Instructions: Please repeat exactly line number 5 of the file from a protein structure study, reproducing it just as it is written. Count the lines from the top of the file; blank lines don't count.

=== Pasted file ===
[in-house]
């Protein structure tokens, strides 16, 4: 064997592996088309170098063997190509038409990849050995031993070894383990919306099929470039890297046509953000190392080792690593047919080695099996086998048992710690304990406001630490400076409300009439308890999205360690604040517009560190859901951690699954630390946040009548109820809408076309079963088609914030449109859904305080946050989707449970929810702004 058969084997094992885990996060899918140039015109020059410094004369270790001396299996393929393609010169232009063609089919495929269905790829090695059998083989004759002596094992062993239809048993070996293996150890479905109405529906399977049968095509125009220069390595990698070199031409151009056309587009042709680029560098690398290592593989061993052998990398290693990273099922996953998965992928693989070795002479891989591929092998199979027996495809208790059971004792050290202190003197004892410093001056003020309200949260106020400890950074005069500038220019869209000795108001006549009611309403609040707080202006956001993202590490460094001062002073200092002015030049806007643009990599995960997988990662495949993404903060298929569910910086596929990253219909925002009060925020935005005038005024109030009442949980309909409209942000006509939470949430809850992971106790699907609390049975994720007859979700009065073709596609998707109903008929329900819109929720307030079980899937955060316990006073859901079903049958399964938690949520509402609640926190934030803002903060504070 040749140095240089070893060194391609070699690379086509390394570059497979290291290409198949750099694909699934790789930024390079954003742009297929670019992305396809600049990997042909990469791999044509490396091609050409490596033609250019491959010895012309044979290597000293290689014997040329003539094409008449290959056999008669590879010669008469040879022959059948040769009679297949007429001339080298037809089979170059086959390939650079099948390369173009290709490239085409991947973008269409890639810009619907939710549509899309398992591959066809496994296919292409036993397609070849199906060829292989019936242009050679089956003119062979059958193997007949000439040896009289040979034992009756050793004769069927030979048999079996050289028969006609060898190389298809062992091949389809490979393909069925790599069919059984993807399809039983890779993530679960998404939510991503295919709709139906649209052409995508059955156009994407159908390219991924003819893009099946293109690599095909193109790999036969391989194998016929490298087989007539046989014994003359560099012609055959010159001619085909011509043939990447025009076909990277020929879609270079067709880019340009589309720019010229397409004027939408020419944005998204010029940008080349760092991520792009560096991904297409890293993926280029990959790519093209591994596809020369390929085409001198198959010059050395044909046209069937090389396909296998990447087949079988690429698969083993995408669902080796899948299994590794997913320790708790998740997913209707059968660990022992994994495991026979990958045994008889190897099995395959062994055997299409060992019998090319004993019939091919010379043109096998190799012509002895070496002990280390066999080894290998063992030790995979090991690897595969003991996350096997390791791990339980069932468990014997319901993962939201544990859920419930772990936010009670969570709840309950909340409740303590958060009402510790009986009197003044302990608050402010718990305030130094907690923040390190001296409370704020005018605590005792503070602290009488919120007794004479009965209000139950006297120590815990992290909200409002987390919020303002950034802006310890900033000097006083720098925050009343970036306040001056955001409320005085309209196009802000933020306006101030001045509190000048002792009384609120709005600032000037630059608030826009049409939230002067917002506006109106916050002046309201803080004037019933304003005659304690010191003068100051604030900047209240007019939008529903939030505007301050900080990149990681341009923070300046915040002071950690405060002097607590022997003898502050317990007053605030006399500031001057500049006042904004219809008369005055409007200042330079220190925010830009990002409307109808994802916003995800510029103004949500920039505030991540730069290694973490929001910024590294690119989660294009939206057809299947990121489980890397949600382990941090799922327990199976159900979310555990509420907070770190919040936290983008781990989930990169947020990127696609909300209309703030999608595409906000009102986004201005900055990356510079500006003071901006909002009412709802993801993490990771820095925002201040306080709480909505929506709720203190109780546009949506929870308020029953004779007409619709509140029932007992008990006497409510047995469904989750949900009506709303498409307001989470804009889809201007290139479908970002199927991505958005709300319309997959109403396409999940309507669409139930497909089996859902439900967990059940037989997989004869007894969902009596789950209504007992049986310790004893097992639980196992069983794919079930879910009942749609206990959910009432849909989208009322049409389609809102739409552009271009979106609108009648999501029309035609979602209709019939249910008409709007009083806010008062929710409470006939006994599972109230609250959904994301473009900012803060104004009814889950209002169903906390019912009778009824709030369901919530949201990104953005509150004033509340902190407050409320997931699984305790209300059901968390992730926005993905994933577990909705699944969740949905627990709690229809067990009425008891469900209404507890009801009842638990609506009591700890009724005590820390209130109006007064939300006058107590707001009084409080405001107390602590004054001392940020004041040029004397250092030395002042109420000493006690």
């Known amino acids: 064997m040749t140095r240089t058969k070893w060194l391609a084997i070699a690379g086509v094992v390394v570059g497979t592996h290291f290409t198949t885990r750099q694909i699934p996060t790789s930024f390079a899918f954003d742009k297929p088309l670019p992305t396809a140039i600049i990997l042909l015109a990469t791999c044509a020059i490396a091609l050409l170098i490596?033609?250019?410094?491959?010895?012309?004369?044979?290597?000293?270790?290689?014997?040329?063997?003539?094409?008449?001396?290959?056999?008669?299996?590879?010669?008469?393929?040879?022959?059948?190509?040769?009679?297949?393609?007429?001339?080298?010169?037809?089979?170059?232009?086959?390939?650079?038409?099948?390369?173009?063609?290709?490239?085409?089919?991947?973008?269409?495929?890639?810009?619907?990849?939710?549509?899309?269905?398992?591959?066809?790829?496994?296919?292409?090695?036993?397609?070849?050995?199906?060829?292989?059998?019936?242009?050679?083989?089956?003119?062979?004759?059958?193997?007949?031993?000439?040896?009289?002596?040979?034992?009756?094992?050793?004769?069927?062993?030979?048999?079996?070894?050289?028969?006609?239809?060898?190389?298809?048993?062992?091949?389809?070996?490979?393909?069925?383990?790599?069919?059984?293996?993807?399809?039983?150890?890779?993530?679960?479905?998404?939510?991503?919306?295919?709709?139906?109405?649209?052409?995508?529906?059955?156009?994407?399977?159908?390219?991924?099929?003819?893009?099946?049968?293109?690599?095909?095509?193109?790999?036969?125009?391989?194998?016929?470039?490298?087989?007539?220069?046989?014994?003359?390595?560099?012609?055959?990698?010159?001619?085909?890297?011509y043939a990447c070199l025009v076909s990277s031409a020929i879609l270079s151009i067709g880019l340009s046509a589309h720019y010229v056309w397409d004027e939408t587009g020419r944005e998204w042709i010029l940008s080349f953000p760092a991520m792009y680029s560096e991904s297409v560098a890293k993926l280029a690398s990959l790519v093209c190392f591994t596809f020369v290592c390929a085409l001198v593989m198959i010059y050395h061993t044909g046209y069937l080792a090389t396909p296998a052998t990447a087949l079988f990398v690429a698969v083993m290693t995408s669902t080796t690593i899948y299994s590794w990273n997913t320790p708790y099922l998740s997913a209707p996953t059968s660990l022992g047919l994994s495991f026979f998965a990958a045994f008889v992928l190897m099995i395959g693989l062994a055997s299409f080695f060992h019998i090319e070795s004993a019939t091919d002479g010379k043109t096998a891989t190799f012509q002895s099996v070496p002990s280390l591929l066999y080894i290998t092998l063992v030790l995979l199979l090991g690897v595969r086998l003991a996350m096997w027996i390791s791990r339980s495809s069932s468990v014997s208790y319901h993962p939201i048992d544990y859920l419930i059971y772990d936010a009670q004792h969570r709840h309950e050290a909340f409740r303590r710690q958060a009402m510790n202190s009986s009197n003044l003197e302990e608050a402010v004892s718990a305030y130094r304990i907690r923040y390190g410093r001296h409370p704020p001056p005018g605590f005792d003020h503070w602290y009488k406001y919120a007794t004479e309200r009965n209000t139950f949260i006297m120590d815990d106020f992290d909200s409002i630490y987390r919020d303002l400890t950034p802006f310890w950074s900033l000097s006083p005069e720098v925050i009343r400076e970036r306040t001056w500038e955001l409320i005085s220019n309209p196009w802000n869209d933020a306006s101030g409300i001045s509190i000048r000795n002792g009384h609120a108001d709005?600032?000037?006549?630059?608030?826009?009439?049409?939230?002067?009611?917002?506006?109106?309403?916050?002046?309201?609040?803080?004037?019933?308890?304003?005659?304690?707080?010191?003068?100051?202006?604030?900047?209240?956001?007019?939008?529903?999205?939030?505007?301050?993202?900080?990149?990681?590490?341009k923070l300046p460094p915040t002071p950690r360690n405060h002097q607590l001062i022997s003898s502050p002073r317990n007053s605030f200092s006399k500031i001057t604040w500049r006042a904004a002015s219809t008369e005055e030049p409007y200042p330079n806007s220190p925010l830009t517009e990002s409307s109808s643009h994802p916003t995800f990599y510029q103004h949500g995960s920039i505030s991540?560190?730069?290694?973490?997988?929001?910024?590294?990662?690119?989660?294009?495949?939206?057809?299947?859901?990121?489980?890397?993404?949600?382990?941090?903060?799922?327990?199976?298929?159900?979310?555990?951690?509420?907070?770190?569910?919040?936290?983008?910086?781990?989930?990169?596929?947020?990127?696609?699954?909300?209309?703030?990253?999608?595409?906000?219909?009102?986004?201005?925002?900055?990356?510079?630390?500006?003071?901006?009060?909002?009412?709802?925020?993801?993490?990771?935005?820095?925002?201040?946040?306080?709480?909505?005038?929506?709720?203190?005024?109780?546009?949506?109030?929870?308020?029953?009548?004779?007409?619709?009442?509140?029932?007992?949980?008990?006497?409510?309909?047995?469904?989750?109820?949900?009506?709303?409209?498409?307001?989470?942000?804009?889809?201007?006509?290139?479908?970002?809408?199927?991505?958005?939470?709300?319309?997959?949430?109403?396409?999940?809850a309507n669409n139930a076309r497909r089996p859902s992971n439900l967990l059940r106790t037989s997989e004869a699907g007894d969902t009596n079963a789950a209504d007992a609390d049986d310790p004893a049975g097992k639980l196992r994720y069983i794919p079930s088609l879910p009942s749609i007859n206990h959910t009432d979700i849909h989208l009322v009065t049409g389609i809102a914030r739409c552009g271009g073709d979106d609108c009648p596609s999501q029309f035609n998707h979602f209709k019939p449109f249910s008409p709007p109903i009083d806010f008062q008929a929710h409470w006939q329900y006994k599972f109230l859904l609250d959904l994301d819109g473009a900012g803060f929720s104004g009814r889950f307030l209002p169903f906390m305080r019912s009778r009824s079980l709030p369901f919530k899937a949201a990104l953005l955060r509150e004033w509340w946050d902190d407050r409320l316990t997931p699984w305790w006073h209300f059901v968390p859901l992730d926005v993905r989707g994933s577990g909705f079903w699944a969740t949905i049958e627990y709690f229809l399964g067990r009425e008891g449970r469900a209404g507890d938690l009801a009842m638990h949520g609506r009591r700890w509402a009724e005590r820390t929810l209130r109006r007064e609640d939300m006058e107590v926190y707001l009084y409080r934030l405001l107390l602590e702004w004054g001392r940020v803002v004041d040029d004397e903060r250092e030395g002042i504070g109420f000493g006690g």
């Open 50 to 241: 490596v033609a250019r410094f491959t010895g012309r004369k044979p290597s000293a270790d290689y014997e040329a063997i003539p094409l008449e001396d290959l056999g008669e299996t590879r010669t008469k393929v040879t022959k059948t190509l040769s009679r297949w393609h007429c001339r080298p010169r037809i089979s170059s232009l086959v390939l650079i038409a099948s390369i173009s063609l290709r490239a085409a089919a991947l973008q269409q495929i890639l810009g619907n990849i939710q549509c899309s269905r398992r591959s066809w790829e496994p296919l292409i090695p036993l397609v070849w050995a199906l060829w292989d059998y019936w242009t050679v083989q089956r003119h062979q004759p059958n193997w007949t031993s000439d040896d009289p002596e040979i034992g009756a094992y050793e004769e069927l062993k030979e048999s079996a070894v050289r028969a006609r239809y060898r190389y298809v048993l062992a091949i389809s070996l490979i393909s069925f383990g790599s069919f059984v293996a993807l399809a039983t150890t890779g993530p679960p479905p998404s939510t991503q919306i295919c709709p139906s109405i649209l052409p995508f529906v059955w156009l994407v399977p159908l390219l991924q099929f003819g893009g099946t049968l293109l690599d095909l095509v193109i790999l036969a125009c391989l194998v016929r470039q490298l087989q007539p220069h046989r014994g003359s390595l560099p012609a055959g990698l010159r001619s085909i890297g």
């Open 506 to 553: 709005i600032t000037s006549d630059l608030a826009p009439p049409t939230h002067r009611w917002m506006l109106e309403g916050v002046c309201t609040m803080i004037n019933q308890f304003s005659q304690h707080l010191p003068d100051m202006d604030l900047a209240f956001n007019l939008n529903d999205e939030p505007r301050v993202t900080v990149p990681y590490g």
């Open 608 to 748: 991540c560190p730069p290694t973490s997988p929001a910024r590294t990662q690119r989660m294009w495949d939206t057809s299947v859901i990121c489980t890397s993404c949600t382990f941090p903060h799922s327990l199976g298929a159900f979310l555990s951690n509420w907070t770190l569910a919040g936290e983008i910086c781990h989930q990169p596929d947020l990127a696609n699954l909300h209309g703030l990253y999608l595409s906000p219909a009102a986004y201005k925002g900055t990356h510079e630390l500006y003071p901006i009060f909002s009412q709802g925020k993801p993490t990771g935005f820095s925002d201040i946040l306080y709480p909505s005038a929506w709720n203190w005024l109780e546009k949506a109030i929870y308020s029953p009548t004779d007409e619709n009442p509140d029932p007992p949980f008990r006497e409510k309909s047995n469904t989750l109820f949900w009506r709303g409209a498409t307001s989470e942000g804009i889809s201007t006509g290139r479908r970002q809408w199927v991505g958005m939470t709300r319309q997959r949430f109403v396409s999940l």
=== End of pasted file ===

């Open 506 to 553: 709005i600032t000037s006549d630059l608030a826009p009439p049409t939230h002067r009611w917002m506006l109106e309403g916050v002046c309201t609040m803080i004037n019933q308890f304003s005659q304690h707080l010191p003068d100051m202006d604030l900047a209240f956001n007019l939008n529903d999205e939030p505007r301050v993202t900080v990149p990681y590490g």